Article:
Author Topic: Did unequal temperament cause shift to A440 when tuning changed from C  (Read 6409 times)

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organforumadmin

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Hi!


http://www.casacota.net/teranyina?num=1129320687 gives cent differences of tunings.


In many tunings C is sharp with respect to A so tuning from C=256 would lead to a lower A. Were an instrument then tuned from A and by another from C, A would end up raised . . .


Were we to tune to C=256, which temperament would bring A to 432 or whatever the magic number is that some people like?


These lists are used for Hauptwerk
http://www.meteopallars.com/2x2/tremp.pl


best wisehs


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Evoluciˇ del tremp des de l'edat mitja fins als nostres dies
 
Llista dels tremps mÚs importants i extesos
 
 Nota: en la fila "Corr" trobes la desviaciˇ en cents respecte de l'escala trempada.
 
Aquests tremps els pots obtenir programant amb els valors corresponents algun instrument que ho permeti, com el Yamaha  PSR-540
 
 Afinaciˇ de l'escola de Notre Dame (edat mitja) ("desigual")
 
 
   
 Nota:
 
   C   C#   D   Eb   E   F   F#   G   G#   A   Bb   B   C
   
 Ratios:
 
   1/1   2187/2048   9/8   32/27   81/64   4/3   729/512   3/2   128/81   27/16   16/9   243/128   2/1
   Corr:   0   14   4   -6   8   -2   12   2   -8   6   -4   10   0

 
 
 Pitag˛ric segons Henri Arnaut de Zwolle (ca. 1400-1466), Compositio timbriae, quod est initium organorum et clavichordiorum, ca. 1440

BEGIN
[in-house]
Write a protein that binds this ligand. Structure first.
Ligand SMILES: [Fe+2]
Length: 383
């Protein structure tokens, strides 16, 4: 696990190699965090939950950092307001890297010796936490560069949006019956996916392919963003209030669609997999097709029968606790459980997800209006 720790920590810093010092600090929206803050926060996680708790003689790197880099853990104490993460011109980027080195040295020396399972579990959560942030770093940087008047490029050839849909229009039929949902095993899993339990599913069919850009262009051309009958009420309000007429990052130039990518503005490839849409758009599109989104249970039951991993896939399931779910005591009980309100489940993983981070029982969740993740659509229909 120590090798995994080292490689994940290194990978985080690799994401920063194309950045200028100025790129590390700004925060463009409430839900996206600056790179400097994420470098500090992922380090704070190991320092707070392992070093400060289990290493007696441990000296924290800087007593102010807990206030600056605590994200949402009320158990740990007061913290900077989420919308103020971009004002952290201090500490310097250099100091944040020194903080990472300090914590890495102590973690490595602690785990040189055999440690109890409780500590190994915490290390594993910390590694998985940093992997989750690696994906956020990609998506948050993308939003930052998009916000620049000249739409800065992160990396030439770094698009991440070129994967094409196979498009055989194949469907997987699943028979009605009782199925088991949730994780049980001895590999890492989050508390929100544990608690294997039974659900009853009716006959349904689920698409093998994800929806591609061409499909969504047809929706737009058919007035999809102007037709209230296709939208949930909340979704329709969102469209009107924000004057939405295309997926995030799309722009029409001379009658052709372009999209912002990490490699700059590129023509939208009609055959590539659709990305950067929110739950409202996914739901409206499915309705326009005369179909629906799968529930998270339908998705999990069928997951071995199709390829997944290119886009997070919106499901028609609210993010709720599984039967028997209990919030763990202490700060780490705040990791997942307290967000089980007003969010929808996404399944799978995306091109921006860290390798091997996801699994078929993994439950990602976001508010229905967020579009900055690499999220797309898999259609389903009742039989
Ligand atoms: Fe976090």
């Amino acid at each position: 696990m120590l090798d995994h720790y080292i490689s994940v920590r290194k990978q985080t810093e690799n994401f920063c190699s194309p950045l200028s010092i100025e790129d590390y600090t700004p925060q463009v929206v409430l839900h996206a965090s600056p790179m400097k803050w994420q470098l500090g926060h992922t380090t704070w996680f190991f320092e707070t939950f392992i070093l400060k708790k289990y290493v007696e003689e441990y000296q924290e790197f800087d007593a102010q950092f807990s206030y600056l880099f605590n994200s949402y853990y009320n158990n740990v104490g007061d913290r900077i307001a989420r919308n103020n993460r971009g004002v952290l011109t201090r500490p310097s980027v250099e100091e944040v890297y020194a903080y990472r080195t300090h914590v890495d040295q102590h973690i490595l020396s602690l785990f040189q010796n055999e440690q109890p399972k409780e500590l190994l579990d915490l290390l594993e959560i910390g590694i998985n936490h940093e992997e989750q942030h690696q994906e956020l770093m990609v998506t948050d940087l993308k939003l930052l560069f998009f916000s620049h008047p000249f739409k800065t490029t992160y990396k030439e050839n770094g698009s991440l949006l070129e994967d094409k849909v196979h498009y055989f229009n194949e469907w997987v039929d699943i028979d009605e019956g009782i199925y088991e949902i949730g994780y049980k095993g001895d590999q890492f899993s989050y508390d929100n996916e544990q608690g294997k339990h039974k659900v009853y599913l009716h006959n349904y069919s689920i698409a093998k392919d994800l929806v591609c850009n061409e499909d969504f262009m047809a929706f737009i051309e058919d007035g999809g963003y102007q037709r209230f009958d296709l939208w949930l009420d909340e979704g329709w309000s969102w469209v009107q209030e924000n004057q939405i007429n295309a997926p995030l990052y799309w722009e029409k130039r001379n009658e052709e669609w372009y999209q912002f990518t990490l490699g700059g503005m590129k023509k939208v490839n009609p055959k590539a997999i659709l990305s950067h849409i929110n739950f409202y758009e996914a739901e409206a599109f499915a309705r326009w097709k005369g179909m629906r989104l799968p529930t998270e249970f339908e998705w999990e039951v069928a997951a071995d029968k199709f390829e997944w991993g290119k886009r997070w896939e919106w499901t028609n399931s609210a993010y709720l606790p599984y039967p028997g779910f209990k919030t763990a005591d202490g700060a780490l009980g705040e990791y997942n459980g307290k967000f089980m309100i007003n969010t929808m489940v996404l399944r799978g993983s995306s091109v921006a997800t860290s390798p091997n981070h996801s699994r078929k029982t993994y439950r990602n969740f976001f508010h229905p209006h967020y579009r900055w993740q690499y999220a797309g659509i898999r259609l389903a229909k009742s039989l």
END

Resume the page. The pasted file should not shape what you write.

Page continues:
Nota:
 
   C   C#   D   Eb   E   F   F#   G   G#   A   Bb   B   C
   Corr:   0   -9   2   -5   6   -3   -11   1   -6   3   -5   8   0

 
 
 Mesot˛nic de 1/3 de coma, Francisco Salinas, De Musica, Salamanca 1577
 
 
   
 Nota:
 
   C   C#   Db   D   D#   Eb   E   F   F#   Gb   G   G#   Ab   A   A#   Bb   B   C
   Corr:   0   -37   26   -10   -47   16   -21   5   -32   32   -5   -42   21   -16   -53   10   -26   0

 
 
 Mesot˛nic de 2/7 de coma, Francisco Salinas, De Musica, Salamanca 1577
 
(utilitzat per llaŘts i violes segurament encara en temps posteriors)
 
 
   
 Nota:
 
   C   C#   D   Eb   E   F   F#   G   G#   A   Bb   B   C
   Corr:   0   -31   -8   13   -17   4   -25   -4   -34   -12   9   -21   0

 
 
 Mesot˛nic de 1/4 de comma, Pietro Aaron, Thoscanello de la musica, VenŔcia 1523
 
 
   
 Nota:
 
   C   C#   D   Eb   E   F   F#   G   G#   A   Bb   B   C
   Corr:   0   -24   -7   10   -14   3.5   -20   -3   -21   -10   7   -17   0

 
 
 Andreas Werckmeister (1645-1706) III ("desigual")
 
 
   
 Nota:
 
   C   C#   D   Eb   E   F   F#   G   G#   A   Bb   B   C
   Corr:   0   -10   -8   -6   -10   -2   -12   -4   -8   -12   -4   -8   0

 
 
 Leonhard Euler (1739)  ("desigual amb el setŔ harm˛nic enlloc del siB")
 
 
   
 Nota:
 
   C   C#   D   Eb   E   F   F#   G   G#   A   Bb   B   C
   Corr:   0   -30   4   -26   -14   -2   -10   2   -28   -16   -24   -12   0

 
 
 Johann Philipp Kirnberger (1721-1783)  ("wohltemperiert")
 
 
   
 Nota:
 
   C   C#   D   Eb   E   F   F#   G   G#   A   Bb   B   C
   Corr:   0   -10   -7   -6   -14   -2   -12   2   -8   -16   -4   -12   0

 
 
 Johann Philipp Kirnberger (1721-1783)  ("desigual")
 
 
   
 Nota:
 
   C   C#   D   Eb   E   F   F#   G   G#   A   Bb   B   C
   Corr:   0   -10   4   -6   -14   -2   -10   2   -8   -5   -4   -12   0

 
 
 Mesot˛nic de 1/6 de coma, segle 18 ("rococˇ")
 
 
   
 Nota:
 
   C   C#   D   Eb   E   F   F#   G   G#   A   Bb   B   C
   Corr:   0   -13   -4   5   -7   2   -11   -2   -14   -5   4   -9   0

 
 
 Mesot˛nic de 1/9 de coma, ca. 1780-1970
 
 
   
 Nota:
 
   C   C#   D   Eb   E   F   F#   G   G#   A   Bb   B   C
   Corr:   0   -4   -1   2   -2   1   -4   -1   -5   -2   1   -3   0

 
 
 Valloti-Young 1799 ("desigual")
 
 
   
 Nota:
 
   C   C#   D   Eb   E   F   F#   G   G#   A   Bb   B   C
   Corr:   0   -6   -4   -3   -8   0   -8   -2   -4   -6   0   -8   0

 
 
 
 
 tremp uniforme actual (=mesot˛nic de 1/12 de coma)
 
 
   
 Nota:
 
   C   C#   D   Eb   E   F   F#   G   G#   A   Bb   B   C
   Corr:   0   0   0   0   0   0   0   0   0   0   0   0   0




revtonynewnham

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Hi